But in this land of extremes, the gap of inequality—and injustice—remains wide. Even after the 2000 election that put Mexico’s opposition party in power for the first time, the opportunities of democracy did not materialize. The powerful PRI had worked with the cartels, taking a piece of their profit in exchange for a more peaceful, and more controlled, drug trade. But the party’s long-awaited defeat created a vacuum of power in Mexico City, and in the cartel-controlled states that border the United States. The cartels went to war with one another in the mid-2000s, during the war to regain control of the country instituted by President Felipe Calderón, and only the violence flourished. The work Corchado lives for could have killed him, but he wasn't ready to leave Mexico—not then, maybe never. Midnight in Mexico is the story of one man’s quest to report the truth of his country—as he raced to save his own life.
DECEMBER 2013: Fire in the Canyon: Religion, Migration, and the Mexican Dream, by Leah Sarat
The canyon in central Mexico was ablaze with torches as hundreds of people filed in. So palpable was their shared shock and grief, they later said, that neither pastor nor priest was needed. The event was a memorial service for one of their own who had died during an attempted border passage. Months later a survivor emerged from a coma to tell his story. The accident had provoked a near-death encounter with God that prompted his conversion to Pentecostalism.
NOVEMBER 2013: Invisible No More: Understanding the Disenfranchisement of Latino Men and Boys, edited by Pedro Noguera, Cumbre 2013 Keynote Speaker, Aída Hurtado and Edward Fergus.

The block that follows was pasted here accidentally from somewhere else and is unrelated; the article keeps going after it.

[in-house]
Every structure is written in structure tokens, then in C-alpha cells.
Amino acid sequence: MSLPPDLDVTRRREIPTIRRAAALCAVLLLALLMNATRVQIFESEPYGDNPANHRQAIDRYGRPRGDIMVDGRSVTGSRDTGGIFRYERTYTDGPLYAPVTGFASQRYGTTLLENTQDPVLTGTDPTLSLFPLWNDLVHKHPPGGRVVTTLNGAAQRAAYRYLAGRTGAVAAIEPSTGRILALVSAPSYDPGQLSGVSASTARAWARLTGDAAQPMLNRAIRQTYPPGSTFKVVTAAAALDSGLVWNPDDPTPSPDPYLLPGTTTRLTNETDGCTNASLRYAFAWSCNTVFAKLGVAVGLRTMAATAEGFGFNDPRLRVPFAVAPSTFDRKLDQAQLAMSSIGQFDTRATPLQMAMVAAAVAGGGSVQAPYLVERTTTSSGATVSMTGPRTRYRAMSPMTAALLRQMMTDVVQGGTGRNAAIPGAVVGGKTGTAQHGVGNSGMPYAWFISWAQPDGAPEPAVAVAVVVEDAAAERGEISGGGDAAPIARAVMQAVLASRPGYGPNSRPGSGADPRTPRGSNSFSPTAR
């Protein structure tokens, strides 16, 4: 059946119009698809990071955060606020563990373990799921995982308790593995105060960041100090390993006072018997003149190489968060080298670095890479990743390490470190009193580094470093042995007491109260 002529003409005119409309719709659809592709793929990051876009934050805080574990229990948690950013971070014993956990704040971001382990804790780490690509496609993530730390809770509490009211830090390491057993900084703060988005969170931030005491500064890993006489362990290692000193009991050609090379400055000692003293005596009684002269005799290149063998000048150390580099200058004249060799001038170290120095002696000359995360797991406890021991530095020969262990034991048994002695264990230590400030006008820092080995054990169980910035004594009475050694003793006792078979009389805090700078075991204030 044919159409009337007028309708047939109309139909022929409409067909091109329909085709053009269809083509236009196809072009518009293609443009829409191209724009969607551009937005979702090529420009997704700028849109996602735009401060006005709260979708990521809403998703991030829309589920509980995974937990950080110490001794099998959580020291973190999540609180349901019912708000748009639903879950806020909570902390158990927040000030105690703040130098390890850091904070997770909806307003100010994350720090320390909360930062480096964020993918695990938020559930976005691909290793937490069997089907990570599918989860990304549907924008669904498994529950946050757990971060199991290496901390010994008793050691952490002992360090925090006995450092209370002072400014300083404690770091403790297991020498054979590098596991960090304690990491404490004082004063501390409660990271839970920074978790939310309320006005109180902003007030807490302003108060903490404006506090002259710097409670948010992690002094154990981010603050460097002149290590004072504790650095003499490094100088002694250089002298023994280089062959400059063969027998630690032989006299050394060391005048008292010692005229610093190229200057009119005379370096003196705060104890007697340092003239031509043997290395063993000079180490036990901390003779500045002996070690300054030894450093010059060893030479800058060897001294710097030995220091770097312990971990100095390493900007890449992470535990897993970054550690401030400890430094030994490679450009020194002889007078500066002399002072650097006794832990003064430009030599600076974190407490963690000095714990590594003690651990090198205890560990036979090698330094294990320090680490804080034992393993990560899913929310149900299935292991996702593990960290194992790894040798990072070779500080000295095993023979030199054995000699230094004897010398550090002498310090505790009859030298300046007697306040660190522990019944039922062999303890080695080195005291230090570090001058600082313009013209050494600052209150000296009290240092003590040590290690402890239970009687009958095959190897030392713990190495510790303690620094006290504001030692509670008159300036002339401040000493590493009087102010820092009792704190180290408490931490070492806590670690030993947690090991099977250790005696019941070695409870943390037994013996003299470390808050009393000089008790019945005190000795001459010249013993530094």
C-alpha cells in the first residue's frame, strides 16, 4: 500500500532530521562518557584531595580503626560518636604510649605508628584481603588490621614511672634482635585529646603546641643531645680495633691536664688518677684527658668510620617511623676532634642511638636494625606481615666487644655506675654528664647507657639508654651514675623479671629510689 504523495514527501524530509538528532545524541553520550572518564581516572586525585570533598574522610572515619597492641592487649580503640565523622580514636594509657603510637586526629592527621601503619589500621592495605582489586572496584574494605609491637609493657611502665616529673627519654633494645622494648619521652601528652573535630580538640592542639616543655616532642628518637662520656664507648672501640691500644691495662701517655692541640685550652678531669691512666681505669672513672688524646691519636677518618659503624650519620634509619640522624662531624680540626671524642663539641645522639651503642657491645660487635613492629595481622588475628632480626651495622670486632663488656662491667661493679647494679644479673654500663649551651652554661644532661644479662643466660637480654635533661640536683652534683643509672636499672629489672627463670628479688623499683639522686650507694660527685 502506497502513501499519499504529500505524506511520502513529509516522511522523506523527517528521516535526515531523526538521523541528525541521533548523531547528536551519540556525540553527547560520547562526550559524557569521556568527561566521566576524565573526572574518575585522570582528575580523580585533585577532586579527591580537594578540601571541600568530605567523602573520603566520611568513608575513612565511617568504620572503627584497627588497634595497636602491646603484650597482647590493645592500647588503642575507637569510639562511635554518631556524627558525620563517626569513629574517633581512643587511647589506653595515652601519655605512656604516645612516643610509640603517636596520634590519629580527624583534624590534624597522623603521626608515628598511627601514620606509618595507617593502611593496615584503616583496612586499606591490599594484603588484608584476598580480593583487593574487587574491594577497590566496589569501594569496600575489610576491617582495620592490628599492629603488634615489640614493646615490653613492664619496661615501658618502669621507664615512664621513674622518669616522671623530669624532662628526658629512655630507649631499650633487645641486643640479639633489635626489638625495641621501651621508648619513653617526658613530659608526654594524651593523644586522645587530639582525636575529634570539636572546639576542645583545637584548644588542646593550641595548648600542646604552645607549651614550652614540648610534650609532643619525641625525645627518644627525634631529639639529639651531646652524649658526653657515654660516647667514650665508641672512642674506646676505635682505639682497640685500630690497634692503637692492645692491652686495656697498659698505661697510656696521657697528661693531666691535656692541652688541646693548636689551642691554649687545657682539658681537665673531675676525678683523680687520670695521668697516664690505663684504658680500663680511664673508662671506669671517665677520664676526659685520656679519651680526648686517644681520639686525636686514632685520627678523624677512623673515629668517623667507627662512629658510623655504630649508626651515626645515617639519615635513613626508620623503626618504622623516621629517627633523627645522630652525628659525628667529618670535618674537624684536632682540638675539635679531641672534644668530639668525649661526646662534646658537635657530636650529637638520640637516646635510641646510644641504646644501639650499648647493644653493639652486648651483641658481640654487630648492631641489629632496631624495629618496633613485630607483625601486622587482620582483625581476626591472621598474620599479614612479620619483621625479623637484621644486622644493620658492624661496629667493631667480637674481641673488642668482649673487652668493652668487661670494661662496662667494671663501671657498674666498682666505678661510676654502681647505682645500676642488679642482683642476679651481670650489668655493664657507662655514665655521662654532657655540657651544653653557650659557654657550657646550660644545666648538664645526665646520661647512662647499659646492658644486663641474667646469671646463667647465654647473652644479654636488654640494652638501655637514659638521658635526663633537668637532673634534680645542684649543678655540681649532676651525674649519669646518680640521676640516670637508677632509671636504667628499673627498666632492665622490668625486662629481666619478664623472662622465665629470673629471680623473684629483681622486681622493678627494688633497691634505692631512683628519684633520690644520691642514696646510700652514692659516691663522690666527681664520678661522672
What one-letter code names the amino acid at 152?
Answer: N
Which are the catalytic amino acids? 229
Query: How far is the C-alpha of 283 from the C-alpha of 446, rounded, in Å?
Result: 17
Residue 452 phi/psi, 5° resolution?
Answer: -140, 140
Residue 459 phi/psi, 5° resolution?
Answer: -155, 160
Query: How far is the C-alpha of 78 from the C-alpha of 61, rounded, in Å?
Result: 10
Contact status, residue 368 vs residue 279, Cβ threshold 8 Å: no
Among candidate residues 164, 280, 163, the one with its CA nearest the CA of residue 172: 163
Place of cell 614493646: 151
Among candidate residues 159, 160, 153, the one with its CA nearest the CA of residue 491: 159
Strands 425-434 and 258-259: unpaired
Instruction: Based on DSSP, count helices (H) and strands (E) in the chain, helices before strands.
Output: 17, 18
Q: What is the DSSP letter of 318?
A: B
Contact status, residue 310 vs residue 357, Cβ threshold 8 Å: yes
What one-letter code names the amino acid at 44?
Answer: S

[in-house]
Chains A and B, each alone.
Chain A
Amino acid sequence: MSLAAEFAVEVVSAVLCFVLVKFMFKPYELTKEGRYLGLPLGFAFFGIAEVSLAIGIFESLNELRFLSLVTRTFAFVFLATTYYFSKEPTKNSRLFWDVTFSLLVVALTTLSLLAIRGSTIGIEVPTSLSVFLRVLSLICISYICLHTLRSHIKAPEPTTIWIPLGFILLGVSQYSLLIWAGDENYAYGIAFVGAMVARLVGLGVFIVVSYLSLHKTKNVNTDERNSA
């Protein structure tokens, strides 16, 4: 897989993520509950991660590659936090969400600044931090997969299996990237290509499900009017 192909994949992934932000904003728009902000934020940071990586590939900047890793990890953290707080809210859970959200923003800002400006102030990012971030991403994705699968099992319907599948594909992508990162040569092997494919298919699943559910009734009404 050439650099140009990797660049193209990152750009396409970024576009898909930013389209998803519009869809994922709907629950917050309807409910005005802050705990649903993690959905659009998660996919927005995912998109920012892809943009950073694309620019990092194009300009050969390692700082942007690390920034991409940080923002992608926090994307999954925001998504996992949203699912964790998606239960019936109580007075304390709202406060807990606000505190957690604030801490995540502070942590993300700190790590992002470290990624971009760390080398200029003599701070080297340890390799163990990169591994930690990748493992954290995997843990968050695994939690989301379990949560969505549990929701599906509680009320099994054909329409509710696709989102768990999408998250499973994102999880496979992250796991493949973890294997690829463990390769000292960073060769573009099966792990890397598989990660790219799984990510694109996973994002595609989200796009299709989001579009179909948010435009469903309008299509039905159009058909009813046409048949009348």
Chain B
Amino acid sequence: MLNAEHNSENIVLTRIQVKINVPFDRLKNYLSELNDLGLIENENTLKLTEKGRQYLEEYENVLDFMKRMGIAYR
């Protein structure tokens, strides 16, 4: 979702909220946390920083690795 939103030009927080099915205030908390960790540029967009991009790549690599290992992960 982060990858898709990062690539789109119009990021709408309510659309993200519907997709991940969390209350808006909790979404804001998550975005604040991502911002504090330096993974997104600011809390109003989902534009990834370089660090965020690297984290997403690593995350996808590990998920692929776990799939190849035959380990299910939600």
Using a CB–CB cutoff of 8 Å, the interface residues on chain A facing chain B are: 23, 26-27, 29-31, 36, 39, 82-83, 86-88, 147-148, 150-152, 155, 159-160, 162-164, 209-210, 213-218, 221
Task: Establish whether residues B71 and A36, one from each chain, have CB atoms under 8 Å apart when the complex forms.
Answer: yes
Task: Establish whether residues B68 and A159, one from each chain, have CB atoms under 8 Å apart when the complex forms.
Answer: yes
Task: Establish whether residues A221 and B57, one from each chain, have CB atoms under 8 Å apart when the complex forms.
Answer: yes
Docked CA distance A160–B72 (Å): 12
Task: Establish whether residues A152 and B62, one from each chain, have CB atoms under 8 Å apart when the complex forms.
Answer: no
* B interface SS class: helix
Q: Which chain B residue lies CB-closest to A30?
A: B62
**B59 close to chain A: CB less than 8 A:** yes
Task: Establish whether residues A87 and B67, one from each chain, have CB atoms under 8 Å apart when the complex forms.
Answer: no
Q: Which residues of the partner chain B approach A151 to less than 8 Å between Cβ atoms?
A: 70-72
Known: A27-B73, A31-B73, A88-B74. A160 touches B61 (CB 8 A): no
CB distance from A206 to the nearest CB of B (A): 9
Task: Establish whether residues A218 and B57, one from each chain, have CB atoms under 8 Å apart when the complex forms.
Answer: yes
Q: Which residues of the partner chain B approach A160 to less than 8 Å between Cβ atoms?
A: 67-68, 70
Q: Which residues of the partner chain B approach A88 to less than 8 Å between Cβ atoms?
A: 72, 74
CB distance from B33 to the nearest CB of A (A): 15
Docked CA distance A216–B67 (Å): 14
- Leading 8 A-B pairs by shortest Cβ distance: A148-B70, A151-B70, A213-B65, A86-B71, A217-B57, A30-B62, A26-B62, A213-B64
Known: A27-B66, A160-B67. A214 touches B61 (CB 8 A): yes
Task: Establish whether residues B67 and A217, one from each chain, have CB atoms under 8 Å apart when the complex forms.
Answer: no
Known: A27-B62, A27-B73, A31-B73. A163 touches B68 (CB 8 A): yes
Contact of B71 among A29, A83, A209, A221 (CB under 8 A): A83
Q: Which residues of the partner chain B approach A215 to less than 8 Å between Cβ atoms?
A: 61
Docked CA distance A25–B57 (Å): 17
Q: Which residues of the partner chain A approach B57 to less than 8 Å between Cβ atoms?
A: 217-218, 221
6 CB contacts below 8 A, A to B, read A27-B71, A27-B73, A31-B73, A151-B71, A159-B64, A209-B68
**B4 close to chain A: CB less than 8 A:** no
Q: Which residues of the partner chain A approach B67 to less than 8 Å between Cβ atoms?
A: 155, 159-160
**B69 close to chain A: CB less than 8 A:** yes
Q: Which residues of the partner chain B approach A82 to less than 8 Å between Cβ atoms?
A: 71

Latino men and boys in the United States are confronted with a wide variety of hardships that are not easily explained or understood. They are populating prisons, dropping out of high school, and are becoming overrepresented in the service industry at alarming degrees. Young Latino men, especially, have among the lowest wages earned in the country, a rapidly growing rate of HIV/AIDS, and one of the highest mortality rates due to homicide. Although there has been growing interest in the status of men in American society, there is a glaring lack of research and scholarly work available on Latino men and boys.
This groundbreaking interdisciplinary volume, edited by renowned scholars Pedro Noguera, Aída Hurtado and Edward Fergus addresses the dearth of scholarship and information about Latino men and boys to further our understanding of the unique challenges and obstacles that they confront during this historical moment. By drawing attention to the sweeping issues facing this segment of the population, this volume offers research and policy a set of principles and overarching guidelines for decreasing the invisibility and thus the disenfranchisement of Latino men and boys. Preview the Table of Contents and other sections on Google Books.